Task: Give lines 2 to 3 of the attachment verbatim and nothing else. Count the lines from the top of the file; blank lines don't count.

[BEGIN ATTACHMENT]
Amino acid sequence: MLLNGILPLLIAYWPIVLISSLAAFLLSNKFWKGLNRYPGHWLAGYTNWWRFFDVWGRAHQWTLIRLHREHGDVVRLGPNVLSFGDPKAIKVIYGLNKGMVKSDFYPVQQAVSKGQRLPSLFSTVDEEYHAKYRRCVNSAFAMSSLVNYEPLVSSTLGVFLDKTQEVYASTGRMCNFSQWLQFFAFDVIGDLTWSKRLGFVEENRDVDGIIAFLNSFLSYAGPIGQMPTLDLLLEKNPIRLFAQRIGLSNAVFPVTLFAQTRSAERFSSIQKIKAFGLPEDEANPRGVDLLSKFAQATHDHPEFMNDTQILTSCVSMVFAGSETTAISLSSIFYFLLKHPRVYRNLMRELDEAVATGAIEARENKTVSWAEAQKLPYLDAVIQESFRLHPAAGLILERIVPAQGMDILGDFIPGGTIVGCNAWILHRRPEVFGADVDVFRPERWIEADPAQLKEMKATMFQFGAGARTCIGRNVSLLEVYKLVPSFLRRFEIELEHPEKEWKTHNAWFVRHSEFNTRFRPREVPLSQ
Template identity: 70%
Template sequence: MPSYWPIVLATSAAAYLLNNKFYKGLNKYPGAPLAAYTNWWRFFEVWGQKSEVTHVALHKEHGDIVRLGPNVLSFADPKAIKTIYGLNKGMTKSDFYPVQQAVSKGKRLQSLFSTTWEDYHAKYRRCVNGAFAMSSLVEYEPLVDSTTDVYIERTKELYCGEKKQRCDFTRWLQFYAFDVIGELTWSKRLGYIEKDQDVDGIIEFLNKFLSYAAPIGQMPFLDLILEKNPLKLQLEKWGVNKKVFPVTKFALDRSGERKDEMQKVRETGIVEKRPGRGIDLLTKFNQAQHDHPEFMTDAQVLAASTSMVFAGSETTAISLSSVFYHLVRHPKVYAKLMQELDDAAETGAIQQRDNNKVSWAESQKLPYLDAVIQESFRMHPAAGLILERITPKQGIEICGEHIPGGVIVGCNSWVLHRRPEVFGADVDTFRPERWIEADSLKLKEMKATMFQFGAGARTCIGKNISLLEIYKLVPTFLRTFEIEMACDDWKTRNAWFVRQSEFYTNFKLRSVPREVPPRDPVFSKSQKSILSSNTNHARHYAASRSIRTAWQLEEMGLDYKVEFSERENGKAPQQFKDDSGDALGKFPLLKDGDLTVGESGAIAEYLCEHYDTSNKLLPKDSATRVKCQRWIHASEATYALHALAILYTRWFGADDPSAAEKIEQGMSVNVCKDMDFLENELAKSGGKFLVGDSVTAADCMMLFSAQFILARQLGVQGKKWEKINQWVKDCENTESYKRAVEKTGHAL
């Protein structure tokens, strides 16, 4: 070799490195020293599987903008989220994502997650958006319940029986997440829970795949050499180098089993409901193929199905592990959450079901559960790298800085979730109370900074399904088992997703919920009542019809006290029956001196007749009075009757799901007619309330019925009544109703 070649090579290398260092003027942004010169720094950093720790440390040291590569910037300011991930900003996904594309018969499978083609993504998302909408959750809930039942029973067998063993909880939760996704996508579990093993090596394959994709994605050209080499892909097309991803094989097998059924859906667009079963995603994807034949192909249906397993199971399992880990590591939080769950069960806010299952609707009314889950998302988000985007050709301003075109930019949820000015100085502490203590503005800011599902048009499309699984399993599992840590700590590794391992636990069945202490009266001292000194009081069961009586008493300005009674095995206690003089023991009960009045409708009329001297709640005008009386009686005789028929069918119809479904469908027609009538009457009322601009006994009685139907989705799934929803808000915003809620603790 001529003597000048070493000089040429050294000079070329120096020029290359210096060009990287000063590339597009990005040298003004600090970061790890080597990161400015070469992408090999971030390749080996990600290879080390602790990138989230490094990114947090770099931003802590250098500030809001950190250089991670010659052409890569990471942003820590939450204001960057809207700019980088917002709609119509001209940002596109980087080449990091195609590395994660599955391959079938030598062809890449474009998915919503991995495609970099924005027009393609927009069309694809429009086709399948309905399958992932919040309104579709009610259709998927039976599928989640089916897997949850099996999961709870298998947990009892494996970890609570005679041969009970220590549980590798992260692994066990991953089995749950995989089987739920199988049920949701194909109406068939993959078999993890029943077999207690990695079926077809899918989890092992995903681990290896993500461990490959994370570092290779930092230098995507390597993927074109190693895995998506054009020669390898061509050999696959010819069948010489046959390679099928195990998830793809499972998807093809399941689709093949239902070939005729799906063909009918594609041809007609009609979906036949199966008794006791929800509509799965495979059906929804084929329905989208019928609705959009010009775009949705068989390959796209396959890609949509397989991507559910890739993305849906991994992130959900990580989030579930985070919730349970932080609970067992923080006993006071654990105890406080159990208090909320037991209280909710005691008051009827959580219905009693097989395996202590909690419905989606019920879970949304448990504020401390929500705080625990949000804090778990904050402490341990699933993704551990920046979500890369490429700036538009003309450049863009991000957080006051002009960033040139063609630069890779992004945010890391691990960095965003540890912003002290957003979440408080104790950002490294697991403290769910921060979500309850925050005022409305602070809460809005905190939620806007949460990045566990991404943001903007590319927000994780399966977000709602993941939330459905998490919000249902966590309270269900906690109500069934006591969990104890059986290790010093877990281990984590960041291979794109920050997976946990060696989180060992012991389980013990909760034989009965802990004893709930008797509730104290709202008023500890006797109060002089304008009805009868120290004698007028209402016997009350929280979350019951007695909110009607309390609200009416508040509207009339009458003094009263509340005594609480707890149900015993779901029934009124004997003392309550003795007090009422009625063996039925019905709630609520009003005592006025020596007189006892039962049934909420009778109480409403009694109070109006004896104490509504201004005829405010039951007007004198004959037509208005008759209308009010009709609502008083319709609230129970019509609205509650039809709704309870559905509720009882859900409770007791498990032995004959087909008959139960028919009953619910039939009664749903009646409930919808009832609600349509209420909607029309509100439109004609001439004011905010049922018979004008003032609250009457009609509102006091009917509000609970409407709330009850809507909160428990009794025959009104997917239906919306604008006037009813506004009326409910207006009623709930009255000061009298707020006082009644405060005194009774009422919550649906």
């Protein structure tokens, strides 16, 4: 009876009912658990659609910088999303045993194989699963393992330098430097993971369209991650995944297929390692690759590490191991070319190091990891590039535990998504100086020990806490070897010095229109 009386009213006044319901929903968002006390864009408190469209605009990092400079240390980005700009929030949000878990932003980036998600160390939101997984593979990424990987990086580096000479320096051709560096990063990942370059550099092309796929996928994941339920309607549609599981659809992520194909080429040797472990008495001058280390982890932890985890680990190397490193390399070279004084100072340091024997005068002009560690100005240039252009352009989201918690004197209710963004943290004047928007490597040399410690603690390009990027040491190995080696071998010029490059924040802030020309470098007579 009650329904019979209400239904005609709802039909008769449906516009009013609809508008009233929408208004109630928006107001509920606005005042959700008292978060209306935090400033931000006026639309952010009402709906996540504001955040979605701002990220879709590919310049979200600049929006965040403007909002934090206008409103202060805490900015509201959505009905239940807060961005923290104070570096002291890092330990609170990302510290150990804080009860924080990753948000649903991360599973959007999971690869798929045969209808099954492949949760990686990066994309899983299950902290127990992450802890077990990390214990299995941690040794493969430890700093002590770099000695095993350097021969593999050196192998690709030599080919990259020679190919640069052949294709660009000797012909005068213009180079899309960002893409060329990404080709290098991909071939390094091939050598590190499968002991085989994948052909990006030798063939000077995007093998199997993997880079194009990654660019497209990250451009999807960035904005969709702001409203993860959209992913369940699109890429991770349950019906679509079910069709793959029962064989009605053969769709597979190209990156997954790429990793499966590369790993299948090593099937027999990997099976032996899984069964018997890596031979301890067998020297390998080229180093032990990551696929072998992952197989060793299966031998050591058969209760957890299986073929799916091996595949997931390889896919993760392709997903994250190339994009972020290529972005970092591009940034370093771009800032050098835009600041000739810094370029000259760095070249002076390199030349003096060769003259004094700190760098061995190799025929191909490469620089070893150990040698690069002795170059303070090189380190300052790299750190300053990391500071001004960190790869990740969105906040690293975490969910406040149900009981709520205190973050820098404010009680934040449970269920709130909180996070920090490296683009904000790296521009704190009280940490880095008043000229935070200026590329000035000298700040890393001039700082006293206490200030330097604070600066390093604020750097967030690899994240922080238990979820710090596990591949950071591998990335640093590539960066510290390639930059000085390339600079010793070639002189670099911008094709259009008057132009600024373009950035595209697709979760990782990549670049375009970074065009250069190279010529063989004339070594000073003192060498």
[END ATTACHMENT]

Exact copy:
Template identity: 70%
Template sequence: MPSYWPIVLATSAAAYLLNNKFYKGLNKYPGAPLAAYTNWWRFFEVWGQKSEVTHVALHKEHGDIVRLGPNVLSFADPKAIKTIYGLNKGMTKSDFYPVQQAVSKGKRLQSLFSTTWEDYHAKYRRCVNGAFAMSSLVEYEPLVDSTTDVYIERTKELYCGEKKQRCDFTRWLQFYAFDVIGELTWSKRLGYIEKDQDVDGIIEFLNKFLSYAAPIGQMPFLDLILEKNPLKLQLEKWGVNKKVFPVTKFALDRSGERKDEMQKVRETGIVEKRPGRGIDLLTKFNQAQHDHPEFMTDAQVLAASTSMVFAGSETTAISLSSVFYHLVRHPKVYAKLMQELDDAAETGAIQQRDNNKVSWAESQKLPYLDAVIQESFRMHPAAGLILERITPKQGIEICGEHIPGGVIVGCNSWVLHRRPEVFGADVDTFRPERWIEADSLKLKEMKATMFQFGAGARTCIGKNISLLEIYKLVPTFLRTFEIEMACDDWKTRNAWFVRQSEFYTNFKLRSVPREVPPRDPVFSKSQKSILSSNTNHARHYAASRSIRTAWQLEEMGLDYKVEFSERENGKAPQQFKDDSGDALGKFPLLKDGDLTVGESGAIAEYLCEHYDTSNKLLPKDSATRVKCQRWIHASEATYALHALAILYTRWFGADDPSAAEKIEQGMSVNVCKDMDFLENELAKSGGKFLVGDSVTAADCMMLFSAQFILARQLGVQGKKWEKINQWVKDCENTESYKRAVEKTGHAL